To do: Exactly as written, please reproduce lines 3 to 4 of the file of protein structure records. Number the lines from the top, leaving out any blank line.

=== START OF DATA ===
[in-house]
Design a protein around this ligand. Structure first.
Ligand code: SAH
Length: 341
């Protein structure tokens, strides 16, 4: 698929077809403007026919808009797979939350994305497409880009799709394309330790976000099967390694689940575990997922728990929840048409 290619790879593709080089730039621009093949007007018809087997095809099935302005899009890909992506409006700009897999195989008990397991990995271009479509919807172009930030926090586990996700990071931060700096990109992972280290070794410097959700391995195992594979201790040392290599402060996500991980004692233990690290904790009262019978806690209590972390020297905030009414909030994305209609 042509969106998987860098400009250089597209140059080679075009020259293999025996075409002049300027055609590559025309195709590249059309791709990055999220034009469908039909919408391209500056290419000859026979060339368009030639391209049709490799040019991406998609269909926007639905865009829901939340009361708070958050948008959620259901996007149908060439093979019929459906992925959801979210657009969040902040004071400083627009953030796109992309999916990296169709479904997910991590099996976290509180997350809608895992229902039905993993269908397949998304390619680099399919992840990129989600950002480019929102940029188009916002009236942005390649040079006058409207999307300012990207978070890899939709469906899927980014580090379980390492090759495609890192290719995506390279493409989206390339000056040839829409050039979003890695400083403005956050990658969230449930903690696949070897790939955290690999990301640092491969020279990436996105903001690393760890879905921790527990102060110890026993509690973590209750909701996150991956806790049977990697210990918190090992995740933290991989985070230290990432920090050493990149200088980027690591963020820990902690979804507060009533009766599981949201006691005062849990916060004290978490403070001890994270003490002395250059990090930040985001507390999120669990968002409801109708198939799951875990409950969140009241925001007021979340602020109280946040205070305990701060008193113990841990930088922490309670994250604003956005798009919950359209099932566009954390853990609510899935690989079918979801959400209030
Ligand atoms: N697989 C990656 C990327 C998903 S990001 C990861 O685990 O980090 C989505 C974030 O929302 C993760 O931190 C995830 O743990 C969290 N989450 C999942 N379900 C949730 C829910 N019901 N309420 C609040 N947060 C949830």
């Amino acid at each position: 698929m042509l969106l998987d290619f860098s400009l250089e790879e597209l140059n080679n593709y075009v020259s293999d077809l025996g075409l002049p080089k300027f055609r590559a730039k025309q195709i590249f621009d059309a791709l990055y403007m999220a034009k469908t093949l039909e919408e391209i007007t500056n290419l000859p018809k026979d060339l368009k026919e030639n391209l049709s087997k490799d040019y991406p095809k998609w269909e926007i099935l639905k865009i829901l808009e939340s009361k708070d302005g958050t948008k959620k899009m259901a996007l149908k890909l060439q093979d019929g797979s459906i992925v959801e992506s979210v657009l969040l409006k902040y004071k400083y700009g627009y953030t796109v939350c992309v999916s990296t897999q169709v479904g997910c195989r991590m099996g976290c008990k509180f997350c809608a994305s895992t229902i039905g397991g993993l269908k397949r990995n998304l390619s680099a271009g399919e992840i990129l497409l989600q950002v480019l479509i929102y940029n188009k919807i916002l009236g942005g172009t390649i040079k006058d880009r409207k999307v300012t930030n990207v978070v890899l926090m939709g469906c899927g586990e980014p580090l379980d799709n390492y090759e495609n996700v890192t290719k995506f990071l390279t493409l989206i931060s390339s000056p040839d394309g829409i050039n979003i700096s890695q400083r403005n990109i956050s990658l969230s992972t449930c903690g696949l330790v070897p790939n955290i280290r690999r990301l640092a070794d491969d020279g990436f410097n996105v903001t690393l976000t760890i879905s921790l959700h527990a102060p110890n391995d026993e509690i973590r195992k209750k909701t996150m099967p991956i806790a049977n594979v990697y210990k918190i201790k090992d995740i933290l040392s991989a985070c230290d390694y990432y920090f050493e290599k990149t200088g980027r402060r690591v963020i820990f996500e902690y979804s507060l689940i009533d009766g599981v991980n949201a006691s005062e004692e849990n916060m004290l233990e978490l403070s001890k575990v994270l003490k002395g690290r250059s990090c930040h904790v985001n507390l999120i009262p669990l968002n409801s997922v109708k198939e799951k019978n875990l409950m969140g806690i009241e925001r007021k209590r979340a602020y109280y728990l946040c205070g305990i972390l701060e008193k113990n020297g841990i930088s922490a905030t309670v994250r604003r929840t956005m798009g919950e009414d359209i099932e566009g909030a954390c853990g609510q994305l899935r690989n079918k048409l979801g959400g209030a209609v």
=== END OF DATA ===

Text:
Ligand code: SAH
Length: 341